Shavuot: Love and Marriage

For mystically inclined Kabbalah Jews, every Jewish wedding is a re-enactment by two individuals of the holy covenant first entered into by God and Israel at Mount Sinai, when God and Israel first chose each other. God chose Israel saying, “You shall be a special treasure for me… a kingdom of priests and a holy nation” (Exodus 19:4-5). The Jewish people chose God by answering, “All that the Lord has spoken we will do” (Exodus 19:8).

Or as the Talmud puts it, “The groom, the Eternal One, is betrothed to the bride, the community of Israel.” (Talmud Pesachim 106b)

Torah is the Ketubah (marriage contract) between the two covenanted partners. Mitsvot (commandments) are their daily loving interactions. Torah study and worship are the pillow talk between God and Israel. Tikunim: Kabbalistic mystical exercises, meditations and marital sexuality are the intimacies of married life.

Thus, when the Song of Songs refers to the “crown that Solomon’s mother made for him on the day of his wedding”; the Mishnah (Ta’anit 4:8) glosses ‘his wedding day’ to mean ‘the day of the giving of Torah’, and when Rashi (Talmud Ta’anit 26b) glosses ‘his mother’ to mean ‘his people’; Rashi means Israel crowned God as God by saying “we will do”, just as the bride makes the groom into a husband by accepting a ring and saying ‘I do’.

Although Shabbat and Shavuot share many timeless spiritual aspects also they also differ because Shabbat is a highly structured weekly home and community framework; while Shavuot is an highly unstructured annual esoteric experience involving vegetarianism, mid night Torah study, and mystical imagery of weddings and lovers.

Also, on Shabbat, disciples of the sages have a religious duty to have sexual intercourse with their wives, (Talmud Ketubot 62b; Talmud Baba Kamma 88a; Zohar 3:69a) but there is no such requirement for Shavuot because every Jew, in every generation, both married and single, can and should feel like he or she is a spiritual beloved and/or a spiritual lover of God:

“I will betroth you to Me forever; Yes, I will betroth you to Me in righteousness and in justice, in loving kindness and in compassion. I will betroth you to Me in faithfulness and you shall know the Lord”. (Hosea 3:21:22)

Finally, I want to share an amazing midrash that offers a great spiritual insight for todays generation of lovers. Most of our rabbis, who themselves were so committed to loving God with all their hearts, with all their souls and with all their commitment, could not conceive that the Jewish people standing at Mount Sinai could hesitate when offered the opportunity to become partners with God.

But the Torah itself faithfully records the frequent mood swings and ambivalences felt by the Jewish people while in the desert on the way to Sinai. God’s proposal was the most awesome offer they had ever received.

If many people today have a problem making a long term commitment, what about people who had been slaves only three months earlier. Some said yes right away. Others thought about it for many hours. After a full day, most of them might have made a commitment, but the rest were still undecided.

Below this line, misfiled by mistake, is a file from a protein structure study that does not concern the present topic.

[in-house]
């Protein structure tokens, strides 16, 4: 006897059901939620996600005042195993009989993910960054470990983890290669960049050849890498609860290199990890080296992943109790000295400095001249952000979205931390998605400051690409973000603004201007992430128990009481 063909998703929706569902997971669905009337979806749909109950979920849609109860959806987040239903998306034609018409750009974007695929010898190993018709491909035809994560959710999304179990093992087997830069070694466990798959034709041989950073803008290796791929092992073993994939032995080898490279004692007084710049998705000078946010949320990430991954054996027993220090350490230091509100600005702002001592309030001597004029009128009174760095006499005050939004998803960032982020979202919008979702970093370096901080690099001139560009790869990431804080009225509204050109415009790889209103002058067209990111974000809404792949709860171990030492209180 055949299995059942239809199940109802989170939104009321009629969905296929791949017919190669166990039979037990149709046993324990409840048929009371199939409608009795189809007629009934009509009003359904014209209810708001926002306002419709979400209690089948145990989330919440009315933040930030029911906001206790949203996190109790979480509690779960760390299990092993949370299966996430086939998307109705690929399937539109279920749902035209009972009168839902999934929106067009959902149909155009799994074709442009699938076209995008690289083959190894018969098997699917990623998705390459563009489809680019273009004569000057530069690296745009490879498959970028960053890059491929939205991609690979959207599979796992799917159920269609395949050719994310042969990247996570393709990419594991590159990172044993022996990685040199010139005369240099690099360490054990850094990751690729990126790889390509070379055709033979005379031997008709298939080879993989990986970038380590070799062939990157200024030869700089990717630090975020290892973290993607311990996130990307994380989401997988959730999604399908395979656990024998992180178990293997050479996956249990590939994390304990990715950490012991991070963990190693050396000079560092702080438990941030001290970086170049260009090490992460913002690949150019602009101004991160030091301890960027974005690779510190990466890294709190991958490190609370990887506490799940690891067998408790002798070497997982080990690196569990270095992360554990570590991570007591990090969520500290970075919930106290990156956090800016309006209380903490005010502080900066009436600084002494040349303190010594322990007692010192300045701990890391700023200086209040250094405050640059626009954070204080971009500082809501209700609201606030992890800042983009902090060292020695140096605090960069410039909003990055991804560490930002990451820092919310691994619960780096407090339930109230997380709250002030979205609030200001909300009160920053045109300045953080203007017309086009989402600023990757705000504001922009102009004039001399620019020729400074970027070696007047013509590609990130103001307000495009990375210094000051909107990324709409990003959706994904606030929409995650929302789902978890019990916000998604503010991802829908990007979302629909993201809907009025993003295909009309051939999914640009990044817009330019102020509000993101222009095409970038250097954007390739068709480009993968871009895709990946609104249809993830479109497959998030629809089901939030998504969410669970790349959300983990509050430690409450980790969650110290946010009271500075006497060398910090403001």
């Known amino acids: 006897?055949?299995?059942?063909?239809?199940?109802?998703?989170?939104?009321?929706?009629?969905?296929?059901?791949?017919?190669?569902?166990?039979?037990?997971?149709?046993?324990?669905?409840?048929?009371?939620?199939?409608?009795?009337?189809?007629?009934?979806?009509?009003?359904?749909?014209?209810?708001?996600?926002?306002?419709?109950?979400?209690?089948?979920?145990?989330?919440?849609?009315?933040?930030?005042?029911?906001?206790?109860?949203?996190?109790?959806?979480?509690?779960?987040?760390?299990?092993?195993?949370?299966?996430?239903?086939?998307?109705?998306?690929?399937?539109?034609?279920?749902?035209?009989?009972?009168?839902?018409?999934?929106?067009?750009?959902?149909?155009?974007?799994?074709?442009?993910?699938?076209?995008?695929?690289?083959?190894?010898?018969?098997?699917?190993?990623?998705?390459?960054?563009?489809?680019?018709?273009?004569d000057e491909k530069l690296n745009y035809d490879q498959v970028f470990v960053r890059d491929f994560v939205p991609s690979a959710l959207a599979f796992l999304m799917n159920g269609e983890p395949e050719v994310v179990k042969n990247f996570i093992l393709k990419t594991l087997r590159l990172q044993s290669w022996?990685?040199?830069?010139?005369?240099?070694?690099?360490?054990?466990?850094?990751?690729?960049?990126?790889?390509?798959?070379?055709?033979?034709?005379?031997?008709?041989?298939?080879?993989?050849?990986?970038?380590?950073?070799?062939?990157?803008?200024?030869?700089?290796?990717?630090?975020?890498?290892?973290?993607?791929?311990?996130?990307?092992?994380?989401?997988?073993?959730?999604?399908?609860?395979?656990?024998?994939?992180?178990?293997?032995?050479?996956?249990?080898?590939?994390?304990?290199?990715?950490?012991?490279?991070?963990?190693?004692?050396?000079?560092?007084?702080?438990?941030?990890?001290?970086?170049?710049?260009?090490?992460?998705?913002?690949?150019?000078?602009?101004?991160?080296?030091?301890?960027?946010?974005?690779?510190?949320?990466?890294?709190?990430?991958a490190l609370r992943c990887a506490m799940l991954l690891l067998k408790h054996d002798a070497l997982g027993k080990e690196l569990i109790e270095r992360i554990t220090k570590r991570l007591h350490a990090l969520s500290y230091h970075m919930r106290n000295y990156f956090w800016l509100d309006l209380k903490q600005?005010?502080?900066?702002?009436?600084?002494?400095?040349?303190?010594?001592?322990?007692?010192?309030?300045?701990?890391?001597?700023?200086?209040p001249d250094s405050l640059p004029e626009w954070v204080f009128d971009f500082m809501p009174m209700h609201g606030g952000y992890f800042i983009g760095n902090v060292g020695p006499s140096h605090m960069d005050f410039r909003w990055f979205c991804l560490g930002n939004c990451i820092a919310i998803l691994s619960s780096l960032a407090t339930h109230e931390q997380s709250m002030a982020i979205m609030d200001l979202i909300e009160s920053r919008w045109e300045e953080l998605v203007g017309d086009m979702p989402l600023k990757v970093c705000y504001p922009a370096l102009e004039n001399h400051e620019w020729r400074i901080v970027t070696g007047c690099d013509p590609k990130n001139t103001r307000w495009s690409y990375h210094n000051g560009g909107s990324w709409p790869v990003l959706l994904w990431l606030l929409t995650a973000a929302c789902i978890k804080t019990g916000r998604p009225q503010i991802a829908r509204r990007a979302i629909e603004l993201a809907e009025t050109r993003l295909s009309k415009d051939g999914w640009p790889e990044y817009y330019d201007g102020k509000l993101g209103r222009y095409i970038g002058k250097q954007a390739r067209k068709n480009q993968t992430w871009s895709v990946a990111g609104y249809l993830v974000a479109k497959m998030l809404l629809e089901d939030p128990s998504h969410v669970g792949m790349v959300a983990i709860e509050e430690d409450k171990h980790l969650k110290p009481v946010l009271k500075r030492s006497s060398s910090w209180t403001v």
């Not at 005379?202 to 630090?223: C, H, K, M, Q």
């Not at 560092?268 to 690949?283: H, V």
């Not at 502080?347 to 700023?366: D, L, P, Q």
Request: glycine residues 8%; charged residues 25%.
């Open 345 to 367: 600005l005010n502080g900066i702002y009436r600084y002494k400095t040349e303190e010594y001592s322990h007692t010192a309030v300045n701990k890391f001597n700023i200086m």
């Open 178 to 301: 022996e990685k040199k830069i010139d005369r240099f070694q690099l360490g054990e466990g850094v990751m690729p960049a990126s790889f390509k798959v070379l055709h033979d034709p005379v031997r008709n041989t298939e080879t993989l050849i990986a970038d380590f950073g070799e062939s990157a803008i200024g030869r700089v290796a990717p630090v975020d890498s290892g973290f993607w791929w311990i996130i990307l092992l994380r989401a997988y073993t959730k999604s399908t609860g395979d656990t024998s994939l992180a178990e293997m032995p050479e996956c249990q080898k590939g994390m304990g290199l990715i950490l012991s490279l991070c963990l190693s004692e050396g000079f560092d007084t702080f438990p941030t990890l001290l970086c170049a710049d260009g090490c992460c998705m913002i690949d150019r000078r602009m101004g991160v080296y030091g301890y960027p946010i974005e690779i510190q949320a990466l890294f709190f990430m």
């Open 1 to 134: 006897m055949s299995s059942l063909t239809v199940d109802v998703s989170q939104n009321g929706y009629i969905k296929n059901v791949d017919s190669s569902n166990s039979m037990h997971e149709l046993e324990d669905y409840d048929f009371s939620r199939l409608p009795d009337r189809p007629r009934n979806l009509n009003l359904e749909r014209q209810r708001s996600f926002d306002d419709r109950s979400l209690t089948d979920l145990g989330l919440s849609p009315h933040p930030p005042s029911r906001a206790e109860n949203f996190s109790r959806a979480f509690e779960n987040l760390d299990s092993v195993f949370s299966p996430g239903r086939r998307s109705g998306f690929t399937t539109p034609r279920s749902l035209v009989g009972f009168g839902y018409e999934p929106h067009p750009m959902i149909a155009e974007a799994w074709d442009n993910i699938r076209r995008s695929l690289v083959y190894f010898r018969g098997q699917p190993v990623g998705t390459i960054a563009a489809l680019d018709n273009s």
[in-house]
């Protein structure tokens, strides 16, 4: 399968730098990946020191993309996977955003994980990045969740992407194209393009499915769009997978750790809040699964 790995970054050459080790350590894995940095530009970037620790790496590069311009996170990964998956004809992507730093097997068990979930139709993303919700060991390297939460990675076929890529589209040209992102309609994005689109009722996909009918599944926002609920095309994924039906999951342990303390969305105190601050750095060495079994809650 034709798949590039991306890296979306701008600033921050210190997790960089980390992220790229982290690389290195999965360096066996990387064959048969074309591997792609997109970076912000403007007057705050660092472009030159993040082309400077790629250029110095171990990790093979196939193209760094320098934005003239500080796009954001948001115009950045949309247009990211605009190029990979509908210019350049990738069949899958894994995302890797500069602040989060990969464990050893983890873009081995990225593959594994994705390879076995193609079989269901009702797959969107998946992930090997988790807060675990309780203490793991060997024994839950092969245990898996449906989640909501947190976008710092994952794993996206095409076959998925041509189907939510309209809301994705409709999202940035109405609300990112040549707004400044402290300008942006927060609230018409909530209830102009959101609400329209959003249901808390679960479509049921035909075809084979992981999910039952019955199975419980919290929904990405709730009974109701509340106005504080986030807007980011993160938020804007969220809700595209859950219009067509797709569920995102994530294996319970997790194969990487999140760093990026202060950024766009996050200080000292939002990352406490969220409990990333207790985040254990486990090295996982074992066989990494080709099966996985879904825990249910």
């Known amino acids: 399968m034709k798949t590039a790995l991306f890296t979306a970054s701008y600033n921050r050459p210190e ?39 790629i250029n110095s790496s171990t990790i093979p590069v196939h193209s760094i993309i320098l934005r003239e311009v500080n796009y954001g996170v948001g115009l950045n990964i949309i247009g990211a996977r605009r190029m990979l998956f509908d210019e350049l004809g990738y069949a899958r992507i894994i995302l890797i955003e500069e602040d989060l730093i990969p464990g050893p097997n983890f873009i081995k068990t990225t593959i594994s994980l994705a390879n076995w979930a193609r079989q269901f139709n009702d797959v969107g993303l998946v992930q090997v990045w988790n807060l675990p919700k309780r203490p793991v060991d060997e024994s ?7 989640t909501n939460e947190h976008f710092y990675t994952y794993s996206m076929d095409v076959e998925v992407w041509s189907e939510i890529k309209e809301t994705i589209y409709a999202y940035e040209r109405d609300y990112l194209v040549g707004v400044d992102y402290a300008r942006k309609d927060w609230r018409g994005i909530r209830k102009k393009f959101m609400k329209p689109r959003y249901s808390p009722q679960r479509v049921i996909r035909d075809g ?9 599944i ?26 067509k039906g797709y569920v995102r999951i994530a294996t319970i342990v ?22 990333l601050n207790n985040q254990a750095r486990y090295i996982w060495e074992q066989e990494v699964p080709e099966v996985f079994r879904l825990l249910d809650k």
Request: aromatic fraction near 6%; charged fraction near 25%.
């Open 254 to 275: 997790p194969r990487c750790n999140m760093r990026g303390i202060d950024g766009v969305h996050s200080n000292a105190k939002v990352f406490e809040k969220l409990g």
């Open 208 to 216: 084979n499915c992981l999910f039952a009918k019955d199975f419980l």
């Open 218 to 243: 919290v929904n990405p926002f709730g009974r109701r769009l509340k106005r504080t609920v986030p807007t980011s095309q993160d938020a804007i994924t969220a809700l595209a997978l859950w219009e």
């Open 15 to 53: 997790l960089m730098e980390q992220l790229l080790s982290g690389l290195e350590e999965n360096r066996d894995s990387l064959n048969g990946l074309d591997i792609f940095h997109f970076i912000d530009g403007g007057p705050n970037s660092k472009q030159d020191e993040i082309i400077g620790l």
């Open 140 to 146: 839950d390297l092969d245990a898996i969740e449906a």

The rabbis said that Moses added an extra day for them; but even then there was still a minority, mostly men who were afraid to commit. By the end of the second day the women had convinced almost all the hesitant men.

Only a small minority still held out. So would the fear of making a life long, open ended commitment, by an ambivalent few, keep everyone else in the Jewish people from accepting God’s proposal of a lifetime partnership?

Fortunately, God came to the rescue. According to Rabbi Avdimi, son of Hama, son of Hasa, “The Holy One, blessed is He, lowered the [uprooted] mountain over them like a bucket, and said to them, ‘If you accept the Torah, fine; but if not, there will be your grave.” (Talmud Shabbat 88a)

Sometimes, the ardor of the proposal makes all the difference. The Qur’an itself refers to Rabbi Avdimi’s midrash: “We raised the Mountain over you saying: Hold firm to what we have given you, and study its commandments; so that you may attain piety towards God, (choosing to love God) and His protection (as God’s chosen beloveds).” (2:63)

This means that even when you are chosen by your lover to get married, you still have to chose to make the commitment in return.

About the Author
Rabbi Allen S. Maller has published over 250 articles on Jewish values in over a dozen Christian, Jewish, and Muslim magazines and web sites. Rabbi Maller is the author of "Tikunay Nefashot," a spiritually meaningful High Holy Day Machzor, two books of children's short stories, and a popular account of Jewish Mysticism entitled, "God, Sex and Kabbalah." His most recent books are "Judaism and Islam as Synergistic Monotheisms' and "Which Religion Is Right For You?: A 21st Century Kuzari" both available on Amazon.
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